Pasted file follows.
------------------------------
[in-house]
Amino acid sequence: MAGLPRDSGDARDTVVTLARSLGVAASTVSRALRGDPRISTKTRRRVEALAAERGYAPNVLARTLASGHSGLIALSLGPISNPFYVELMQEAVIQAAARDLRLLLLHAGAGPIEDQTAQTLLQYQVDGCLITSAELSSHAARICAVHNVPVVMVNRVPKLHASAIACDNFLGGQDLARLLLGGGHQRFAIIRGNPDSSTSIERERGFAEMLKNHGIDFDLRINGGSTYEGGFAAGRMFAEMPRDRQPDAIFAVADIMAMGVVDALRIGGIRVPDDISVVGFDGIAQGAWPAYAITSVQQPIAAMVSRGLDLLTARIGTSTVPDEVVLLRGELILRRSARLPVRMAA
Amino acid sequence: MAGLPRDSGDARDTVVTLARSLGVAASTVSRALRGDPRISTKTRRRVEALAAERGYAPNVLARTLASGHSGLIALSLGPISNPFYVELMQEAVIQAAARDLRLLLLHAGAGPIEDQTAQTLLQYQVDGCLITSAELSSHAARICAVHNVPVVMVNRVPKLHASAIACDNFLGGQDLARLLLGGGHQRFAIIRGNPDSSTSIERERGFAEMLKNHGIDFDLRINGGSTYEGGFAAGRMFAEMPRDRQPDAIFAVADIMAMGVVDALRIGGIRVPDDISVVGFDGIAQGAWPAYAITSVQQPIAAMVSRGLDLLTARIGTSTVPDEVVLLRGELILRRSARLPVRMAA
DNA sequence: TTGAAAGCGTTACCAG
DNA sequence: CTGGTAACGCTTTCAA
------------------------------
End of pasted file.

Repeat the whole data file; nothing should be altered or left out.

[in-house]
Amino acid sequence: MAGLPRDSGDARDTVVTLARSLGVAASTVSRALRGDPRISTKTRRRVEALAAERGYAPNVLARTLASGHSGLIALSLGPISNPFYVELMQEAVIQAAARDLRLLLLHAGAGPIEDQTAQTLLQYQVDGCLITSAELSSHAARICAVHNVPVVMVNRVPKLHASAIACDNFLGGQDLARLLLGGGHQRFAIIRGNPDSSTSIERERGFAEMLKNHGIDFDLRINGGSTYEGGFAAGRMFAEMPRDRQPDAIFAVADIMAMGVVDALRIGGIRVPDDISVVGFDGIAQGAWPAYAITSVQQPIAAMVSRGLDLLTARIGTSTVPDEVVLLRGELILRRSARLPVRMAA
Amino acid sequence: MAGLPRDSGDARDTVVTLARSLGVAASTVSRALRGDPRISTKTRRRVEALAAERGYAPNVLARTLASGHSGLIALSLGPISNPFYVELMQEAVIQAAARDLRLLLLHAGAGPIEDQTAQTLLQYQVDGCLITSAELSSHAARICAVHNVPVVMVNRVPKLHASAIACDNFLGGQDLARLLLGGGHQRFAIIRGNPDSSTSIERERGFAEMLKNHGIDFDLRINGGSTYEGGFAAGRMFAEMPRDRQPDAIFAVADIMAMGVVDALRIGGIRVPDDISVVGFDGIAQGAWPAYAITSVQQPIAAMVSRGLDLLTARIGTSTVPDEVVLLRGELILRRSARLPVRMAA
DNA sequence: TTGAAAGCGTTACCAG
DNA sequence: CTGGTAACGCTTTCAA